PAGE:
With his wireless microphone in one hand and the audience in the palm of the other, Arizona football coach Dick Tomey is doing his best Jerry Springer imitation, inviting participation. "Anybody else have any questions...anybody?" Tomey asks. He is standing beneath the very low ceiling and between the very near walls of Dell's Pizza in Casa Grande, Ariz., a desert town halfway between Tucson and Phoenix. The table behind him is lined with roses, the room filled with cardinal-and-navy-shirted Arizona fans who 10 years ago would have been clothed in the maroon and gold of Arizona State.
"Anybody at all...," says Tomey.
A woman raises her hand. "Coach Tomey, I know you don't like to count your chickens, but don't you just love those roses?"
The building quivers with knowing laughter. The temperature outside is roughly a buck-fifteen, and pizzas could be baked on the summer sidewalk as easily as in the oven. "Well, as soon as you start looking too far ahead...," Tomey begins.
The woman nods patronizingly. "But the roses," she persists. "Aren't they pretty?"
Tomey, who swallows defeat like chicken bones, surrenders. "They're beautiful," he says, looking very much like a man whose cover has been blown.
First, a word about Arizona's place in the history of college football: Absent. The Arizona label should bear the warning: "Tradition-free." The Wildcats are the only Pac-10 team never to have played in the Rose Bowl. They have not played for the national title. They have never been ranked higher than No. 7 after Halloween. Says Tomey, "We don't have that old team from '35 that people remember, or '45 or '55 or '65, for that matter." Alabama has Bear Bryant; Arizona has "Bear down," which passes for a rallying cry.
In the small society of Top 10's and major bowls, this is anonymity of the purest form. But there's no shame in that, because Arizona is fiercely rooted in the present. The Wildcats are SI's No. 1 team because they are built for today, not for yesterday.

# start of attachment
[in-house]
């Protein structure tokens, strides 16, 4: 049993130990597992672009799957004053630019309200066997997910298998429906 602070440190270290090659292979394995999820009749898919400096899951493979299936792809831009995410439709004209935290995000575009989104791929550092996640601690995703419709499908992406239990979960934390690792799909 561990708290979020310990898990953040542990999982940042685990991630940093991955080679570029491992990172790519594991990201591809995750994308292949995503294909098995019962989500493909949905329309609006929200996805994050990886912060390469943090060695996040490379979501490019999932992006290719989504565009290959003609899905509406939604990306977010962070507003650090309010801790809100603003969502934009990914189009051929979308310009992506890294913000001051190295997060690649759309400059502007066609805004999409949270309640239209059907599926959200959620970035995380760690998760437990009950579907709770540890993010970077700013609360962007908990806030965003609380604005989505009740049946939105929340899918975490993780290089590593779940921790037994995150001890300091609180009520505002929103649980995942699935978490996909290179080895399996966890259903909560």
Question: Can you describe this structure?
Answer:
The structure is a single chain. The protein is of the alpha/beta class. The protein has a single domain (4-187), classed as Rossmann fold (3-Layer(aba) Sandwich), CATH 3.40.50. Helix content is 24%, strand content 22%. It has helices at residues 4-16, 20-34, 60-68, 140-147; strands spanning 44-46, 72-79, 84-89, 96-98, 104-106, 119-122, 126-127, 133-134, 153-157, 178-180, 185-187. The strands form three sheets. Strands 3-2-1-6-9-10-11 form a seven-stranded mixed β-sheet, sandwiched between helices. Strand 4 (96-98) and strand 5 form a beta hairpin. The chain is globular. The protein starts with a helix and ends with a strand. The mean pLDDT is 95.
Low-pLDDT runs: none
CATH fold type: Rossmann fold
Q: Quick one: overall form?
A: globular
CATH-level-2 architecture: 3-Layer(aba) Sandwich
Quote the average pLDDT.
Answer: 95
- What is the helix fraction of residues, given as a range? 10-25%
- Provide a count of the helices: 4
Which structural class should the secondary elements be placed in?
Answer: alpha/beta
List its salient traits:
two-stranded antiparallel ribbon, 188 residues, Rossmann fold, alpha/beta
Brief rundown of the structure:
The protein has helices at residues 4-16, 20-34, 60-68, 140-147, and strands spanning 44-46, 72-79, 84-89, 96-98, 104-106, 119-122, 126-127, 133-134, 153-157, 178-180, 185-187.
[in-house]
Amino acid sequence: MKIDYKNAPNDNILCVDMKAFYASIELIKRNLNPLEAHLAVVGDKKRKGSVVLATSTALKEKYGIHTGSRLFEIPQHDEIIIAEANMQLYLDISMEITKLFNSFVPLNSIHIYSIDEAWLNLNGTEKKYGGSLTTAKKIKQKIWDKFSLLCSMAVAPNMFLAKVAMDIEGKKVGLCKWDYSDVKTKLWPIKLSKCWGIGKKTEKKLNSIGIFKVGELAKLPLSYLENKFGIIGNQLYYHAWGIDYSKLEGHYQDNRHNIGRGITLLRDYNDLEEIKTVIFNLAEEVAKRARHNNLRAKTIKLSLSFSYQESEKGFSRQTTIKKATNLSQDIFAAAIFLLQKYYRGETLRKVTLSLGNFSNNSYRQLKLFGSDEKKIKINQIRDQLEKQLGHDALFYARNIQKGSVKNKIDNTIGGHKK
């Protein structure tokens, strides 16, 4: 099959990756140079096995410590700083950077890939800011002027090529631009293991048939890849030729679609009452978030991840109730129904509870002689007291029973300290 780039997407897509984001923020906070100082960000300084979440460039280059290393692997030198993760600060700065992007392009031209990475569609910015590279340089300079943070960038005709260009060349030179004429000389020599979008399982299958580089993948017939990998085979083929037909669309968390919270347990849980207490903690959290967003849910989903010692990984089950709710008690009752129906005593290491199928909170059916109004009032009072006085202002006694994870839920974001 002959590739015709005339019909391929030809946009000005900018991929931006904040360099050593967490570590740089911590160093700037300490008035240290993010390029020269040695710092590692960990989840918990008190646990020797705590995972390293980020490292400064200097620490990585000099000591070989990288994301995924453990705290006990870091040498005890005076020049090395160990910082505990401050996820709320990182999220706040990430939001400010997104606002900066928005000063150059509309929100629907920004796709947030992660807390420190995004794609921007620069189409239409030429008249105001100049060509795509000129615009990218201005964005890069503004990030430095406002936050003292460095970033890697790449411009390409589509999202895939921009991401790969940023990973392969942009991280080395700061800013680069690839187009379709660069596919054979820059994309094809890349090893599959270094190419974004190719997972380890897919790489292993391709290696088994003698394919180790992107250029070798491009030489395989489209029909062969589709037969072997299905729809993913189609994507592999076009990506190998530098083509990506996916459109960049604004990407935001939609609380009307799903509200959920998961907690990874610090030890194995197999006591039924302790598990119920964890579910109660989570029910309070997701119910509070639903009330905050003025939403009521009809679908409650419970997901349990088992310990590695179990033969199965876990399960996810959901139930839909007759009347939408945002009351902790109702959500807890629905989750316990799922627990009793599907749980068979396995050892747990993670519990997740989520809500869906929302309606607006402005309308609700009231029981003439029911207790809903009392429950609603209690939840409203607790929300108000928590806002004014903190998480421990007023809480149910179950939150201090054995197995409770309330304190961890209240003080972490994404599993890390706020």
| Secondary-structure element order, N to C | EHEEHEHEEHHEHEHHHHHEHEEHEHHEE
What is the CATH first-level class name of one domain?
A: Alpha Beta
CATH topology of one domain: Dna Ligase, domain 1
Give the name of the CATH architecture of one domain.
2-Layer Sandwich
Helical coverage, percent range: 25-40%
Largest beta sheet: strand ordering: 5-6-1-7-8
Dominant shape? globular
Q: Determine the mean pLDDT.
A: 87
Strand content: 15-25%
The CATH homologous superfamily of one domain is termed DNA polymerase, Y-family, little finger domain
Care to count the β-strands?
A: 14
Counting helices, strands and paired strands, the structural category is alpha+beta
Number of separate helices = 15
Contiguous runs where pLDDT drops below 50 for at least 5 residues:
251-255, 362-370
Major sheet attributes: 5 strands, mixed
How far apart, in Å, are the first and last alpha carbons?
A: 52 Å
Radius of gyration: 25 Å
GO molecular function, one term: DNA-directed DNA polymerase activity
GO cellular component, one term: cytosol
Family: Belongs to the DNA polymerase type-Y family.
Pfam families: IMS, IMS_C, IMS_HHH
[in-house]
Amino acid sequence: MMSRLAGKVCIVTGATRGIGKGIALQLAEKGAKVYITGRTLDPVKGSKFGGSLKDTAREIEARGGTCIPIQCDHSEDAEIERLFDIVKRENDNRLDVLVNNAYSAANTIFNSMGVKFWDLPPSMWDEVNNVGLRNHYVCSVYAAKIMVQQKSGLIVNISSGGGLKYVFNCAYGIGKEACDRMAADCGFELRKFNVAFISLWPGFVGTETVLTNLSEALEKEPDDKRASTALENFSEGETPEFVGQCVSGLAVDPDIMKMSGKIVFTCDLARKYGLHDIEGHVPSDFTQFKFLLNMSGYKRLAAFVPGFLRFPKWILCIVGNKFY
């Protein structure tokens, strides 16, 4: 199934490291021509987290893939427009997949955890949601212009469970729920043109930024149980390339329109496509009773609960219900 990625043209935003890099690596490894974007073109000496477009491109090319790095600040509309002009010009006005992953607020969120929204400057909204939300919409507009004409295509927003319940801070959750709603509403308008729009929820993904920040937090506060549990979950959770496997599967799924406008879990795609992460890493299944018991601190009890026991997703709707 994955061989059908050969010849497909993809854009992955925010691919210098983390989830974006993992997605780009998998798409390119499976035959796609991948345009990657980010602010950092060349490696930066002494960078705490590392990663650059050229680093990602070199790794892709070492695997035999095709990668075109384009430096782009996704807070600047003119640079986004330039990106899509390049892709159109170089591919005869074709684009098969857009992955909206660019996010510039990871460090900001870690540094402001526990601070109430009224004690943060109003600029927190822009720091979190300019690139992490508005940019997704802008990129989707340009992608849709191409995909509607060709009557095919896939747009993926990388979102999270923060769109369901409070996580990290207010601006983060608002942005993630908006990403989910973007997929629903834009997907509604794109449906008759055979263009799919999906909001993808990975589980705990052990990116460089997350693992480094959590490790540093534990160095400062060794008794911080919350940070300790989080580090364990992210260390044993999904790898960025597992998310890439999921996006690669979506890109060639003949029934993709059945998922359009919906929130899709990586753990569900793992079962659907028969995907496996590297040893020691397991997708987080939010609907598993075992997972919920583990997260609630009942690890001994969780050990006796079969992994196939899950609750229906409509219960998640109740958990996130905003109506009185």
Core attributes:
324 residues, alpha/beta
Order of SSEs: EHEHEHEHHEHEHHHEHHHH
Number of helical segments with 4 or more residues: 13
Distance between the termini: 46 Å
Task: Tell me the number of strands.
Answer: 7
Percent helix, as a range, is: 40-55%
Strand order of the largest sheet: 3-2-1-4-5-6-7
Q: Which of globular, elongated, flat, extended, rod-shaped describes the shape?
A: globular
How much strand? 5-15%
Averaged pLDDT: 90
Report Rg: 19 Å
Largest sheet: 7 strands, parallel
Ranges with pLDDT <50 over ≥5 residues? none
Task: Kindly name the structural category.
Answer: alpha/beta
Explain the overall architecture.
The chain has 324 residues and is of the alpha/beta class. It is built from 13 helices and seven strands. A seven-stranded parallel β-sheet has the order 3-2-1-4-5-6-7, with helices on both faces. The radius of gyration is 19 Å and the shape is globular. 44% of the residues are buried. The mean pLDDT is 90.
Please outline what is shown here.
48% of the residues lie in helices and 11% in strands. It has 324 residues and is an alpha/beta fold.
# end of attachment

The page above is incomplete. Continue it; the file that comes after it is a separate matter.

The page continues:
Like so: They are led by a 56-year-old coach who draws on equal helpings from self-help guru Tony Robbins (empowering himself to play serious summer baseball with 20-year-olds) and male-bonding icon Robert Bly (taking his coaching staff on a three-day mountain retreat to discuss anything except football, just before the start of fall camp). They have a catchy, marketable nickname (Desert Swarm), one foot in your living room (via New Year's Day's stunning 29-0 trashing of Miami in the Fiesta Bowl) and even a nod in the hit movie Speed (Keanu Reeves to Sandra Bullock, after noticing the school's helmet logo on her shirt: "Arizona Wildcats? University of Arizona? Good football team").
There's more. The '90s belong to the schools that can evaluate talent, not stockpile it. While college football titans of the past have bemoaned the downsizing of their monolithic programs through scholarship reductions over the last half decade, Arizona has been building with the castoffs and the undiscovered. "Nobody wanted a lot of guys on this team," says senior guard Warner Smith. "That's made everybody a little hungrier." Hell hath no fury like a player unrecruited given the chance to lay leather on the teams that passed him over.